Where is the best place to watch the Azerbaijan Grand Prix?

The Absheron grandstand is a fairly standard main grandstand that offer a scenic view of Baku’s long, 2.2km main straight. This is often the scene of much action during races. With an epic slipstream and DRS, it is not unusual to see passes for position happen here, sometimes even seeing 3 or 4 cars shoulder-to-shoulder.

Of course there are the usual perks too like having a view into the pitlane, watching the start and the post-race interviews and podium celebration, of course. It is also closest to the main off-track entertainment and refreshments area.

The principal Absheron grandstand at the end of the main straight should be high up on your viewing wish-list, as you’ll be watching the cars braking from around 350km/h into the 90-degree Turn 1 – and you’ll likely get to watch the lion’s share of overtaking too.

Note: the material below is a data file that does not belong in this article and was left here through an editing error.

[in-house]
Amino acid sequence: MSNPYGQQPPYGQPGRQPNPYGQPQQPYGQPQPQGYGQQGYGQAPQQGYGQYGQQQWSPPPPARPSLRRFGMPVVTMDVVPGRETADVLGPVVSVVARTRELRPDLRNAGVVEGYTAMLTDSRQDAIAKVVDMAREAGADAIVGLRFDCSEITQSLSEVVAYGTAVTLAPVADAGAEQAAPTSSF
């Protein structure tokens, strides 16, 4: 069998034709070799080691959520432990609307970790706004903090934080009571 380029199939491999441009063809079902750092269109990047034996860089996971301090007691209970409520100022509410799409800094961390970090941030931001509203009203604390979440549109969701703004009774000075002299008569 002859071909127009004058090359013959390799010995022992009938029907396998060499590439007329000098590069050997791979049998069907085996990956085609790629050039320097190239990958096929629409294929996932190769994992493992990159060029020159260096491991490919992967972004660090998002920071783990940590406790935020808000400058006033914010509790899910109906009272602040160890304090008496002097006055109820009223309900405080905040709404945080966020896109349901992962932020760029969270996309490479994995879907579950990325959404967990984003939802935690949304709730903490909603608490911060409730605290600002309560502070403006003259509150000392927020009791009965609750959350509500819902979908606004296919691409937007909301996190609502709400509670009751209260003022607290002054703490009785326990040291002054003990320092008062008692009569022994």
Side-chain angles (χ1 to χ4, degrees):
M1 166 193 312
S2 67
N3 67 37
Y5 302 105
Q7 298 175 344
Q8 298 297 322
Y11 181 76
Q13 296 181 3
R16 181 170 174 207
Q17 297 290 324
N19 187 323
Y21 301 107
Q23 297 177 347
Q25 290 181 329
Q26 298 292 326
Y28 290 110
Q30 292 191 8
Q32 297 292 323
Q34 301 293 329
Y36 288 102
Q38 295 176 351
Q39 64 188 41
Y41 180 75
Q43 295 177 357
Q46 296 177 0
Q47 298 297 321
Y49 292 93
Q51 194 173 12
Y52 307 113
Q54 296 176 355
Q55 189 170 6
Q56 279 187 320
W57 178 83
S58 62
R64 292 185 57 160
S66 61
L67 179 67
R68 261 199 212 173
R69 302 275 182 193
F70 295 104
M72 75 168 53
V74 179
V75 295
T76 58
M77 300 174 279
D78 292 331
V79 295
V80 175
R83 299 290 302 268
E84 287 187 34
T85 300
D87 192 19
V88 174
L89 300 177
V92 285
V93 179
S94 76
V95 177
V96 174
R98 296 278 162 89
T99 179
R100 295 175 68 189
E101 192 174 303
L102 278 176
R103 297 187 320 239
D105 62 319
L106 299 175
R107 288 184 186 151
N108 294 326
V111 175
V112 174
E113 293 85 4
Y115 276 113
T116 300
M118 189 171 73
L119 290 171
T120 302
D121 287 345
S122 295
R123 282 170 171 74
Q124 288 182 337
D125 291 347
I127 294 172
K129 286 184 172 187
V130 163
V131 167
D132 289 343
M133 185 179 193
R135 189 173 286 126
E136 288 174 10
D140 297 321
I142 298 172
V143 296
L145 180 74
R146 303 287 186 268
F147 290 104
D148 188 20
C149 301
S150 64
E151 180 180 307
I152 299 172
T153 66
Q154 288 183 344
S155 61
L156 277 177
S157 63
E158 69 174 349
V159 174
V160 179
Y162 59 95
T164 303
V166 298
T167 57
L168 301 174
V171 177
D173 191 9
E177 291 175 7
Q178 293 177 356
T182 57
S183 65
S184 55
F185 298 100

The Icheri Sheher grandstand provides a unique viewing point, as you watch the cars race through the city gate section and power on down to the super-fast Turn 13-15 complex.

Another place to consider is the AzNeft grandstand, with its glorious backdrop – a touch of Baku’s finest classic and modern architecture, is located on the exterior of the track at one of the many 90 degree corners of the Baku Street Circuit.

In the left portion of the stand are the best seats for the best view of the approach on the short preceding straight. If you’ll be in the farther right, what you’ll see is brief view of the nose of the cars before they turn their backs to you and accelerate towards the Maiden Tower and the long main straight.